CLOSED FOR 2019 SEASON
Open Weekends for Christmas Tree Sales
Friday, Saturday and Sunday: 9am – 5pm
Over 60 years ago the first Christmas Trees of this farm were planted by the Althouse Family. The first plantings were started in 1956. At that time, Scotch Pine was the tree of choice. Charles and Robert Althouse sold Christmas Trees in front of the now restored Barn 54 years ago. Charles continued to raise Christmas trees as did Robert and eventually Earl. As the years passed, Charles grew the farm into a full time business known as Althouse Nursery. Until the opening of the Cobblestone Farms Barn in 2006 the tree business was conducted from the Charles and Martha Althouse residence on Witmer Road.
Cobblestone Farms starts selling cut trees the day after Thanksgiving.
More and more we are starting to sell during the week before Thanksgiving due to many requests.
Our trees are cut daily since we grow our own.
Due to issues with excess rain and moisture this year, Tag-A-Tree is closed
We had a great loss of trees due to Cryptomeria scale, Mites and rhabdocline disease
Cut Tree Care
There are many so-called recommendations on how to care for your tree. What works? Well… every situation is different. Heat sources vary for each site you use. This is important to remember when you choose your tree and where you decide to display it.
What’s best? WATER! We’ve heard all the remedies and after all these years we still recommend plain water. Warm water is best. Never hot which can scald. Warm water can help soften the sap to allow water to flow more freely. We always recommend giving your tree warm water for the first watering. If the water goes below the base of the trunk give it warm water again. Try not to let the water level get that far and you should not have problems.If you do wish to add anything to the water because of type or conditions of your water, please only use recommended tree preserve water additives. Only use as recommended on the labels.We understand that many of you have been using all kinds of remedies for years with no problems. Don’t change. If it works, then stick to it. Please be careful as to how much of anything you may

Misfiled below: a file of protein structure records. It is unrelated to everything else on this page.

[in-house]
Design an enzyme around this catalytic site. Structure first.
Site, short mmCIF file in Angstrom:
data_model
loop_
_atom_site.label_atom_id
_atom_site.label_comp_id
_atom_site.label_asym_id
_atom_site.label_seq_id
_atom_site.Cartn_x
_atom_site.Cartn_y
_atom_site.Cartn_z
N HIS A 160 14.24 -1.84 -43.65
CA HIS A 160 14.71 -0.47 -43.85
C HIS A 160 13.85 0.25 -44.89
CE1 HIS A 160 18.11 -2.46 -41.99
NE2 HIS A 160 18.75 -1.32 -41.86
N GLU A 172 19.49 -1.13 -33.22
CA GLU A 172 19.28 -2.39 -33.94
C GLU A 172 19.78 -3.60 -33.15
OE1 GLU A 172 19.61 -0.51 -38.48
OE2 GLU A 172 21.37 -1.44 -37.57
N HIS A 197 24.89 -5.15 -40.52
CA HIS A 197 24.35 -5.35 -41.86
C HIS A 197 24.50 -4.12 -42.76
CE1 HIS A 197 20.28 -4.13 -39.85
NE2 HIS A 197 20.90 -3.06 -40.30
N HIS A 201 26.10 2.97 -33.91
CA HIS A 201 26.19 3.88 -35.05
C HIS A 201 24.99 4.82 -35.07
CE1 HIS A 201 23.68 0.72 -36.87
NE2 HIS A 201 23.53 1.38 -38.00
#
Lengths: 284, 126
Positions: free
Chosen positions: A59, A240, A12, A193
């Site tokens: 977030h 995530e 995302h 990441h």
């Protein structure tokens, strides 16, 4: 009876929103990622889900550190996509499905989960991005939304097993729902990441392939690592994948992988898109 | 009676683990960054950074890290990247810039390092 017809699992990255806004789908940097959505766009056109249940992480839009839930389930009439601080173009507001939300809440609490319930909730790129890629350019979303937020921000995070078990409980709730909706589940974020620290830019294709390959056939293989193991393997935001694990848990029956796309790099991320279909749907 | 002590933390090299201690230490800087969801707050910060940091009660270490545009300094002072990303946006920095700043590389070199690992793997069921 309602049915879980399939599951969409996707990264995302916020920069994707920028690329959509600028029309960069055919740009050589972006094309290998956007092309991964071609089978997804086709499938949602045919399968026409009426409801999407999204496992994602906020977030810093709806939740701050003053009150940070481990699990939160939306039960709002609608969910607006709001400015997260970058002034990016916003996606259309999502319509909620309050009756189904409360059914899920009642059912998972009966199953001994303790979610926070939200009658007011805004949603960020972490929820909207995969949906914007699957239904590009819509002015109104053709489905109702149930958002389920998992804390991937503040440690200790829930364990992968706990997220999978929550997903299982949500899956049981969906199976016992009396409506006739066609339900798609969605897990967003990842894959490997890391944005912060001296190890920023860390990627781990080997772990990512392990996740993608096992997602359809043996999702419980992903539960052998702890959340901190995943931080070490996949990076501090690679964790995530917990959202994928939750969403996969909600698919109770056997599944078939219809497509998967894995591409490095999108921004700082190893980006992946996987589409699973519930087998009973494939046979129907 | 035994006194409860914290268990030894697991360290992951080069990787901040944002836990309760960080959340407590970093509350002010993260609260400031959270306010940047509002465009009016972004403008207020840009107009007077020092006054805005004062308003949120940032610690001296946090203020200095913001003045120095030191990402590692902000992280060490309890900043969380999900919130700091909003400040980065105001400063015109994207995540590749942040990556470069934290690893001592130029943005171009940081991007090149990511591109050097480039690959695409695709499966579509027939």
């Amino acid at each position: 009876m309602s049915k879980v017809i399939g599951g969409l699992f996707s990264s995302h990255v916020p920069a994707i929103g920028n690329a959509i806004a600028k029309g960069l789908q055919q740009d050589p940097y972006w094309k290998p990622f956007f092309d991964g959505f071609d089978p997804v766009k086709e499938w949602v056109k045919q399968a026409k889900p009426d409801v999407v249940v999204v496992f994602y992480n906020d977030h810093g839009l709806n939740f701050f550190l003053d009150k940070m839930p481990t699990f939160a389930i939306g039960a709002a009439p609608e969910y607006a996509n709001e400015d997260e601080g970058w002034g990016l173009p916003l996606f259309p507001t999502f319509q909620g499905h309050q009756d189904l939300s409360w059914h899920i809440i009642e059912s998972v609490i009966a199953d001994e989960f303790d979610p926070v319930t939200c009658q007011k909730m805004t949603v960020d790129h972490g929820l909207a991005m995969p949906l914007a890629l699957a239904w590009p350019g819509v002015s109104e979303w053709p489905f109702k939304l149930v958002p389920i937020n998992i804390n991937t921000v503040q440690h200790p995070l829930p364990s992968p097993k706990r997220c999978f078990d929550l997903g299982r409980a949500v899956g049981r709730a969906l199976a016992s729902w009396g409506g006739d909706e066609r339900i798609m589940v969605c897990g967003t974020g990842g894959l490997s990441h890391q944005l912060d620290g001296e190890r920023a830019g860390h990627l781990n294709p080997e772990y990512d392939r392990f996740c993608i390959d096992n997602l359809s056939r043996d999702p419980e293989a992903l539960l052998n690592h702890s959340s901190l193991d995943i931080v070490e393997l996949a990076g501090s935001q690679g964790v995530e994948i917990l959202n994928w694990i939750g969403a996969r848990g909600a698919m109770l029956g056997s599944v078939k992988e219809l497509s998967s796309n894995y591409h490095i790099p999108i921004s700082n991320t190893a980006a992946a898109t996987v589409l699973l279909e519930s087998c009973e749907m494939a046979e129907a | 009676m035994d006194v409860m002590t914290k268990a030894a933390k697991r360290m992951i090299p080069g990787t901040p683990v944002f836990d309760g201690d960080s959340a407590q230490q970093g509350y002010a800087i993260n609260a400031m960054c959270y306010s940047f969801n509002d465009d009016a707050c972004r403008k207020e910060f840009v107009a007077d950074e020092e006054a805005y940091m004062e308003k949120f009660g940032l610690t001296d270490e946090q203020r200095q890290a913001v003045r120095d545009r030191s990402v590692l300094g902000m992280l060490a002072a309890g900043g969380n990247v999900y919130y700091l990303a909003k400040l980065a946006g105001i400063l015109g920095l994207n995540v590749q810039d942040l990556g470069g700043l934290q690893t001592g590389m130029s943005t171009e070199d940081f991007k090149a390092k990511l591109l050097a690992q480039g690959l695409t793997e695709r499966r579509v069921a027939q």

add to the water. Three ways to think of your cut tree…
1) It is a cut plant, not unlike a cut flower. We don’t expect cut
flowers to last over a month?
2) What we put in to the tree is similar to how we take care of
radiators in our vehicles. If we put the wrong stuff in it gets gunked
up! Be wary of sugar and sugar products.
3) Some things can be poison to our trees and defoliate them
immaturely. Salts and Chemicals. Think of what salt does to melt
icy roadways and the result to plant material along those roads.
Pay attention to how you care for your cut tree. Use common sense
and you should have an enjoyable season!